A feud between a Jordanian member of parliament and an LGBT magazine has escalated over the past few days, leading to a slew of media attacks against the publication.
MP Dima Tahboub, who holds a Ph.D. from the University of Manchester in England and is a member of Jordan's Muslim Brotherhood, filed a personal complaint against the electronic magazine My.Kali on Monday, escalating a social media battle between her and the publication.
Tahboub filed the complaint with the Audiovisual Media Authority - Media Commission, using the term "shawath" – which means perverts or deviants – to describe the online LGBT magazine.
Local media responded, mostly appearing to support or promote Tahboub's stated opinion that homosexuality is a disease that must be treated.
"The fierce and inciteful media attacked the webzine and all what it represents, along with frightening comments on social media, which were centered around hate, death threats and physical abuse by people who could identify Khalid Abdel Hadi, editor-in-chief and the founder of My.Kali," Jameel Jones, public relations for the magazine told StepFeed in a statement.
Although the magazine was reportedly shutdown by Tahboub's efforts, the magazine pointed out that it has already been blocked for a year.
It all started last month
DW - Conflict Zone published a video interview with Tahboub on July 20, discussing the recent cancellation of Lebanese indie band Mashrou' Leila's Amman concert after lawmakers objected to the lead singer's sexuality.
In the interview with British journalist Tim Sebastian, Tahboub replied affirmatively when the former asked whether the message behind the ban was that homosexuals are not welcome in the country.
On the same day, Tahboub reasserted her views by posting a tweet mocking a gay couple.
My.Kali quickly responded with the image of a radical feminist
"Yes, it is provocative, but why do we always exaggerate with our reactions and put pictures just to provoke people or prove a certain point? Does this picture demonstrate women's rights?"
Tahboub responded by blocking the publication on Twitter
Tahboub stands opposed to the entire LGBT community
While Tahboub maintains that she does not see homosexuals as criminals, she does see it as a psychological disorder that should be treated. Leading psychologists, psychiatrists, and medical practitioners do not view homosexuality as a disease or disorder. Attempting to treat or change someone's sexual orientation is classified as torture by many leading experts around the world.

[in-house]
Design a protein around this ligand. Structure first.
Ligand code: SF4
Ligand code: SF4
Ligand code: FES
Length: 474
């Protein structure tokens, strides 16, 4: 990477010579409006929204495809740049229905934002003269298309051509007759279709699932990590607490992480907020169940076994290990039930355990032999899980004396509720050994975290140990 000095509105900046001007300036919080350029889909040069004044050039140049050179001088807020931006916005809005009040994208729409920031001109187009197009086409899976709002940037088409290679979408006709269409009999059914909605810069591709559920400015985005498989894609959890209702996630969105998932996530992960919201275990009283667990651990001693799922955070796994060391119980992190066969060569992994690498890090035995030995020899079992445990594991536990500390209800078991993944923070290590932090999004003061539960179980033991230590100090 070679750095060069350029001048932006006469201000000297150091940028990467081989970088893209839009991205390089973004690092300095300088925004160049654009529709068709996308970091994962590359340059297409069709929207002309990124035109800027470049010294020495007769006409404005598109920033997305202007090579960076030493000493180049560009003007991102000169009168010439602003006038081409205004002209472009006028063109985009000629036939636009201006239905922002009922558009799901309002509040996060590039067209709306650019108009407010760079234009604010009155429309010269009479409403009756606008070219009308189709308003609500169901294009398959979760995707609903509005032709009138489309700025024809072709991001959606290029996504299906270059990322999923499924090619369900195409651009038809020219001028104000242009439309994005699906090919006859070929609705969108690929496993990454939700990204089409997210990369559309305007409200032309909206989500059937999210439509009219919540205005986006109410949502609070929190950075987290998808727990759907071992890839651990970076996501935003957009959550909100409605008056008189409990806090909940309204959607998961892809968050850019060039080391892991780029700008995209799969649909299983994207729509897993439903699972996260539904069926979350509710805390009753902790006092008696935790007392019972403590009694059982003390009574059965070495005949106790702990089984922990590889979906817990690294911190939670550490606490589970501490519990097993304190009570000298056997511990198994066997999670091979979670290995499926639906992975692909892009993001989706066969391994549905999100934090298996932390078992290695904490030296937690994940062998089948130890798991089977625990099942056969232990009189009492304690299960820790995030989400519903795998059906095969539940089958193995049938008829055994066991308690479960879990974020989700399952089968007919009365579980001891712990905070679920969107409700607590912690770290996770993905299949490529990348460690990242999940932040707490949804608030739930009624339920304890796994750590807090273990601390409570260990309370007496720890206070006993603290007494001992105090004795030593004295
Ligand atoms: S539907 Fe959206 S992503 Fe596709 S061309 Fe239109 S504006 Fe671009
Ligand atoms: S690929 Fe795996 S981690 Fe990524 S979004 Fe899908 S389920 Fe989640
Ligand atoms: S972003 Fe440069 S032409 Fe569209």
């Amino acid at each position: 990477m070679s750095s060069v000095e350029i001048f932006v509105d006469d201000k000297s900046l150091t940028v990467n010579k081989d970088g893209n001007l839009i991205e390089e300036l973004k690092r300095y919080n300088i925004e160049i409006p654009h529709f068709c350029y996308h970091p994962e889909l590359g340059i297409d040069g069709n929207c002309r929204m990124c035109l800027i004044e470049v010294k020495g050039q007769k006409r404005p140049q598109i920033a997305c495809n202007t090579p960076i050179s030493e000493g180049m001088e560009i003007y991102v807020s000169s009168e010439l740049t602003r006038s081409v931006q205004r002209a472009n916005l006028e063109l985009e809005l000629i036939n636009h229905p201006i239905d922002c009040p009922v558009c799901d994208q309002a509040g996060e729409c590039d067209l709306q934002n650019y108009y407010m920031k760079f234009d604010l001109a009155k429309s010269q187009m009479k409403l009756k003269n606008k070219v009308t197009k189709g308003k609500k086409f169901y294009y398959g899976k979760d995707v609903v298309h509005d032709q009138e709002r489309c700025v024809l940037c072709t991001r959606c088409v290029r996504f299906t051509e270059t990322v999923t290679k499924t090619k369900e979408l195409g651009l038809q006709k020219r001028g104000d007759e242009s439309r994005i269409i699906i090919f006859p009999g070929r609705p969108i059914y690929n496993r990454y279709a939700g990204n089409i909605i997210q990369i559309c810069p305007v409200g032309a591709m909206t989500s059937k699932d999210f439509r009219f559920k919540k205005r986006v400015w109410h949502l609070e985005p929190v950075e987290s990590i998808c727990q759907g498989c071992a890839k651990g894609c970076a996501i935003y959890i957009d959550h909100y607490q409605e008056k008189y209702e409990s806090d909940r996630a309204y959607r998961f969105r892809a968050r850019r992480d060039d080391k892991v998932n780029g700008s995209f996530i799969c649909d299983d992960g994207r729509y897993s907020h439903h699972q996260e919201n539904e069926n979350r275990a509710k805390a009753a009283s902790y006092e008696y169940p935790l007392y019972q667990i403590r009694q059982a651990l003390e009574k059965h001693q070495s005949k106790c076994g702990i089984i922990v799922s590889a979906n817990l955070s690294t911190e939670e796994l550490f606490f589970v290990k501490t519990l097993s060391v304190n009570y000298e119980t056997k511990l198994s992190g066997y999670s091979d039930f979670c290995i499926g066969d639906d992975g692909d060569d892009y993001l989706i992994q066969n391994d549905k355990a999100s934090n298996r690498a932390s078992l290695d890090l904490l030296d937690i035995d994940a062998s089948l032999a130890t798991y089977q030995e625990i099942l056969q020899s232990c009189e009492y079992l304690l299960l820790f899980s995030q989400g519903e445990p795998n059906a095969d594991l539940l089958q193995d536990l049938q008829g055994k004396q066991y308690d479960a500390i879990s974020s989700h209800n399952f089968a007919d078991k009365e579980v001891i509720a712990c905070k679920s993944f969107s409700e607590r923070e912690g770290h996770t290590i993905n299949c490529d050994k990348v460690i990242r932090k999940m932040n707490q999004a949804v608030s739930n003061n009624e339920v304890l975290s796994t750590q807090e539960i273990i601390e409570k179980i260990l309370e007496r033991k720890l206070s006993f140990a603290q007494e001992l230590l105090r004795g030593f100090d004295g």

Yet, Tahboub stands against the medical and scientific community, insisting that homosexuality be treated as a disease.
"I see them as people with mental disorders who need to be treated using psychology," she said.
Tahboub also wishes to ensure that Jordan does not agree to any international treaties supporting the LGBT community.
"These treaties should not oppose the Jordanian constitution, and the constitution says the official religion is Islam. This means that this subject (LGBT+ rights) opposes public order. International treaties should not go against what the people consider to be normal and suitable," she said.
Jordan does not criminalize homosexuality
While Jordan does not criminalize homosexuality, it does not provide protections for the LGBT community either.
"Portrayals of LGBT people in the media often reflect misinformation, stereotypes, and sensationalism," My.Kali founder Khalid Abdel-Hadi told StepFeed in June.
"I think there's a huge false notion created by the media, specifically in our region, that LGBT is a social plague, created and imported from the west to corrupt our cultures, customs and traditions, or that the LGBT community in the MENA region would want to follow in the footsteps of other LGBT communities and fight for the right to marry," he said.
In June, Jordanian authorities decided to ban Mashrou' Leila from performing in the country for the second year in a row, due to the band's lead singer and queer themes in the group's music. A concert had been scheduled in Amman and the band had obtained all necessary permits.
In the interview about the ban with DW - Conflict Zones, Tahboub explained that she does not believe homosexuals are welcome in her country.